It appears the role of a producer involves much more than I first thought, and that a good producer is arguably the best asset a film could have. The role requires an in-depth knowledge of the various and convoluted ways of financing a film, a sound list of contacts, and the ability to work with writers sensitively whilst thoroughly interrogating the script pre-production. It involves knowing how to support and get the most out of directors, to be ruthless enough to guarantee each project you start is worthwhile, being able to ensure a project meets its expectations, and knowing how to best get the film into the market.

The Honeymooners was shot in 18 days on digital film and premiered at the London Film Festival in 2003. It is a romantic comedy grounded in clever dialogue, situated in a rural environment with a small cast. Its success as a film arises from the uncluttered narrative, the characters are so developed yet slow to reveal themselves that it never feels contrived. Martina, Karl Golden and David Collins worked together again to make Belonging to Laura, a TV3 commission based on Oscar Wilde’s ‘Lady Windemere’s Fan.’ It was shot over 15 days and on a budget of 400,000 euro. It was adapted by theatre writers Iseult Golden and David Horan and was their screenwriting debut. What resulted is a modern vibrant 75 min film which features aspects of Irish culture not often shown. In one scene an openly gay character attends a wedding where a polish band play and the guests eat Korean food. The characters are unconventional yet far from caricatured, and the film mixes satire with emotional intimacy in a way similar to The Honeymooners.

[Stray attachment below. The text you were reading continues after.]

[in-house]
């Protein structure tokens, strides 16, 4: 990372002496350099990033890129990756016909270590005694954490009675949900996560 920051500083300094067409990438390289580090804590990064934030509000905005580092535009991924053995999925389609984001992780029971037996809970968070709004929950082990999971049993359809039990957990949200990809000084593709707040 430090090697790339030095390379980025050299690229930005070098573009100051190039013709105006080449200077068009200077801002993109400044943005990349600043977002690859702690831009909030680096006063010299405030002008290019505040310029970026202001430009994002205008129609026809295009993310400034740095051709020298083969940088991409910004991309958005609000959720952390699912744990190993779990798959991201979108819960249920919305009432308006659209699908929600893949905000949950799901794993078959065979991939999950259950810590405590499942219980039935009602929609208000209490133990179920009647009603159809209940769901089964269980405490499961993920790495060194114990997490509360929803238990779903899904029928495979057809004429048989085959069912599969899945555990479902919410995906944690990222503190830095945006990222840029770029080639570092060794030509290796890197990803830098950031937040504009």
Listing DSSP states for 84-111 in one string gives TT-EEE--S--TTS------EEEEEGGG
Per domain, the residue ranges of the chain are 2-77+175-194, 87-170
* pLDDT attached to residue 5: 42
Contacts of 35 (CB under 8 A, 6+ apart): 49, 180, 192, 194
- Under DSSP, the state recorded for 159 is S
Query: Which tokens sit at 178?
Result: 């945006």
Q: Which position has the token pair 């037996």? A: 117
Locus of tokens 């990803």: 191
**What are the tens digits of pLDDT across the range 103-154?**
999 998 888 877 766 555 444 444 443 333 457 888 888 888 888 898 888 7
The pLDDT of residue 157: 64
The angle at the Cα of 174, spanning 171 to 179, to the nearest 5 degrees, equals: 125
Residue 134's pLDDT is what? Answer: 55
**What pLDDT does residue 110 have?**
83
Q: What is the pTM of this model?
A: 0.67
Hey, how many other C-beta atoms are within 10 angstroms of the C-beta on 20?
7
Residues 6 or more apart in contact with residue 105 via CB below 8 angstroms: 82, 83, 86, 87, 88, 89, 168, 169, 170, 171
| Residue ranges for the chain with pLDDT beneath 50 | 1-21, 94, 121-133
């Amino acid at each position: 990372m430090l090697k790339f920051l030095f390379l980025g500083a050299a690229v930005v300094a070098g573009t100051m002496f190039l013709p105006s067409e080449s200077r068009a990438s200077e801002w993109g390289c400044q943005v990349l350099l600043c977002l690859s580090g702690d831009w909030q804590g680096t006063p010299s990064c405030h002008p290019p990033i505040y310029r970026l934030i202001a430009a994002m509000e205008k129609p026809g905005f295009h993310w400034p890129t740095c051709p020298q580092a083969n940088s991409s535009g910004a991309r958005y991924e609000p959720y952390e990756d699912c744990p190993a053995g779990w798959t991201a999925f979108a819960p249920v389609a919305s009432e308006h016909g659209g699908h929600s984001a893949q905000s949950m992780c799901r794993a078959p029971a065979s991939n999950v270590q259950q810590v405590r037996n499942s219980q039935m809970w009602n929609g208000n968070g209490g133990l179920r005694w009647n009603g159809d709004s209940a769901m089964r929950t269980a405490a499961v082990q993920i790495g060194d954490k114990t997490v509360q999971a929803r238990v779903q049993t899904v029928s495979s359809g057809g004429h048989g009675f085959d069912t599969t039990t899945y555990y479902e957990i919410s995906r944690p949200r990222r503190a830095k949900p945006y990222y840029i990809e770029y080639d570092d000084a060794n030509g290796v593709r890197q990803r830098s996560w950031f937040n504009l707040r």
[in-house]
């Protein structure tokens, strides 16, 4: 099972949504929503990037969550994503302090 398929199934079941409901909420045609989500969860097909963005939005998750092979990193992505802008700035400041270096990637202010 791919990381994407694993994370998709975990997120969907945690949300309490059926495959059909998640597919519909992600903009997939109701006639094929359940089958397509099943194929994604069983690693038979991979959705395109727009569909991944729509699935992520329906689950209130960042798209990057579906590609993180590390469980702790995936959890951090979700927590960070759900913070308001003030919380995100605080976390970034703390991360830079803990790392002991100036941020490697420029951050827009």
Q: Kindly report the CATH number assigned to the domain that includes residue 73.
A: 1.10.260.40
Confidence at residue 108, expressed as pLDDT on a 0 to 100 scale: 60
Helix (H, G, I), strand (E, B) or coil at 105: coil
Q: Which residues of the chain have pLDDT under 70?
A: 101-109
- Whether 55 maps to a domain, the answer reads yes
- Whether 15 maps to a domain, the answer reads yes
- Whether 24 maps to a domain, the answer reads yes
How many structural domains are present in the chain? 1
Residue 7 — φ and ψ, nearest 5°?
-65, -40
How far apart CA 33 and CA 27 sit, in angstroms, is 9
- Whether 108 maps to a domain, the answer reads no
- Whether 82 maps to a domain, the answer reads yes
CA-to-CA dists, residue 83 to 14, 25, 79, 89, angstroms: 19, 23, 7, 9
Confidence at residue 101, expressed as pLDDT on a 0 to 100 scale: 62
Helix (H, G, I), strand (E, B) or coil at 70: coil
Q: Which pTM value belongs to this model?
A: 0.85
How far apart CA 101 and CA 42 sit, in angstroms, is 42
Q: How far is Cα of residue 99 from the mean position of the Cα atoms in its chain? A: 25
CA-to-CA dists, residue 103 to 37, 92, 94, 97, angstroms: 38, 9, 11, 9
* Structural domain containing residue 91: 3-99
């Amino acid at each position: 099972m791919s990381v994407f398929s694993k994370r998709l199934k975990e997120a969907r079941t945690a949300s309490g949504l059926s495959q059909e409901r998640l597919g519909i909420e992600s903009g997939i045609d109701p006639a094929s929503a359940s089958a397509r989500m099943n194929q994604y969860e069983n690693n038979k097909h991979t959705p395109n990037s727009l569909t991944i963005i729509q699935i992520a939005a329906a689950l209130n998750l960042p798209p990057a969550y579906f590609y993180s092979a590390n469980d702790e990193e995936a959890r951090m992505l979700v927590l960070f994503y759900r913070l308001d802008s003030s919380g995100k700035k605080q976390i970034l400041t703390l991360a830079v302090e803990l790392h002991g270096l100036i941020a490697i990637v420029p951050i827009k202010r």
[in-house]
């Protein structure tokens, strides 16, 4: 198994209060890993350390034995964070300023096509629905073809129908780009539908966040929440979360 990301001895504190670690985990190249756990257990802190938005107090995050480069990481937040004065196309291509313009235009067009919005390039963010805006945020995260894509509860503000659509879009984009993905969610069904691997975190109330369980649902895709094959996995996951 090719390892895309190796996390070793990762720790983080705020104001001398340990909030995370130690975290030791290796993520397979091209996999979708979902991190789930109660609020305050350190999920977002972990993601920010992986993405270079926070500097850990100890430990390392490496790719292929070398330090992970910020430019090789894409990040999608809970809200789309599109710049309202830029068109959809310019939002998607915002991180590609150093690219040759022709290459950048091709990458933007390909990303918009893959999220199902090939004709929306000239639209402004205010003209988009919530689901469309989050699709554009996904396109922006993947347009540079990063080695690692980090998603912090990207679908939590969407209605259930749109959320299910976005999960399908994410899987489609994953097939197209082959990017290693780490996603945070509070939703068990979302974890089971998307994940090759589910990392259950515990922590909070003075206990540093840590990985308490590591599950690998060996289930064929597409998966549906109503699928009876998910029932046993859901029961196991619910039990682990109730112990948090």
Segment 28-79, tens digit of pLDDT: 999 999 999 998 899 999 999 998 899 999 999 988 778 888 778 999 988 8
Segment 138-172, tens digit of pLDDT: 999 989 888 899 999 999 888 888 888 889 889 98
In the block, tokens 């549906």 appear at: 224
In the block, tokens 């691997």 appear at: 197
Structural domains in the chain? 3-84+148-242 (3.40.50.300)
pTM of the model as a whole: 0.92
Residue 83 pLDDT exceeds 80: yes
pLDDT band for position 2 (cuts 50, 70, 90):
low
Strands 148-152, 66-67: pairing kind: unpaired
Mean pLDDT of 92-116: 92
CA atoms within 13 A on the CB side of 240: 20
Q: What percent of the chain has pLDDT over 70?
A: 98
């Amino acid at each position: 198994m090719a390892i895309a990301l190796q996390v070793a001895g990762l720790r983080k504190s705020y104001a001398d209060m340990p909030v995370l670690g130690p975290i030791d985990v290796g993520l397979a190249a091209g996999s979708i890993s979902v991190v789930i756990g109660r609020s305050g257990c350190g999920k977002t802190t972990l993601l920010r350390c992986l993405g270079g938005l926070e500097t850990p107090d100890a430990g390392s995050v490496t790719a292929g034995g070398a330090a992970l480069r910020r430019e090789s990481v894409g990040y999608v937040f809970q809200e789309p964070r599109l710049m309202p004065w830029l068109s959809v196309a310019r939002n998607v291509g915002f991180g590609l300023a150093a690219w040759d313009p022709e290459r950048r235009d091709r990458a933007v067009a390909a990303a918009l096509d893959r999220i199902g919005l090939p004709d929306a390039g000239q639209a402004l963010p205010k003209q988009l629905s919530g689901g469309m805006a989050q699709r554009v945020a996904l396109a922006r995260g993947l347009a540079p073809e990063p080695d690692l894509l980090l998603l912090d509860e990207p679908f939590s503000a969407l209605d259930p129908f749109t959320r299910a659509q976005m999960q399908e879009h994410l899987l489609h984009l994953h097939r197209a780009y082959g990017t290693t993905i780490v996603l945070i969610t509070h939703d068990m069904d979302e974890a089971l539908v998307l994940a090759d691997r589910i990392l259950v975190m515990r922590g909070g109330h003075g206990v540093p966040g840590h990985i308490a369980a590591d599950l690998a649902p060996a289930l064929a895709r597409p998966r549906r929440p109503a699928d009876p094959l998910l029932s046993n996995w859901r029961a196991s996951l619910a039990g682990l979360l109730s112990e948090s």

Still from Pavee Lackeen

Still from Pavee Lackeen

Perry Ogden was known for his photographic work when he approached Martina Niland with an idea for a documentary style feature film about Irish travellers. His debut feature Pavee Lackeen (2005) went on to win numerous awards including Best First Film at the London Film Festival and the IFTA for Best Film. It has a similar aesthetic and low-fi soundtrack style to that of The Honeymooners and indeed Martina’s subsequent projects, its ‘unmediated’ texture aids a cleaner representation of the characters and it feels very real. It features the non-actor Maughan family in a mixture of improvised and scripted scenes which detail the conditions and circumstances related to the traveller community. It seems that Martina works on projects that have an inherent credibility, the films that result are startlingly honest and poignant, and reflect an attitude of sensitivity towards an evolving culture. The use of non-actors and a photographer as director/cinematographer meant that many practice shoots were run, each costing the production financially. During shooting one of the cast was arrested and kept in custody – the production crew managed to get him released to complete the film. These kind of issues can arise when working with non-professional actors, especially if they are from a marginalised community, and the role of the producer is undoubtedly less clearly defined when a small crew is involved.

While Pavee Lackeen was still in production, shooting for Once (2006) began. It had existed in the mind of the director for over two years, John Carney had wanted to make a modern musically themed film, with the narrative developing through songs and performances. His band member had played Outspan in The Commitments, and John from the beginning envisioned the film being made amongst friends. He contacted Samson Films, and what followed was “…a real back-to-basics form of filmmaking and certainly the kind that has always attracted me the most.”[i] The compact crew and cast and quick shooting schedule resulted in a tension that is almost tangible. Characters seem to be communicating for each other rather than the cameras. Once won the Sundance film festival world cinema audience award amongst others, and was generally well received by critics.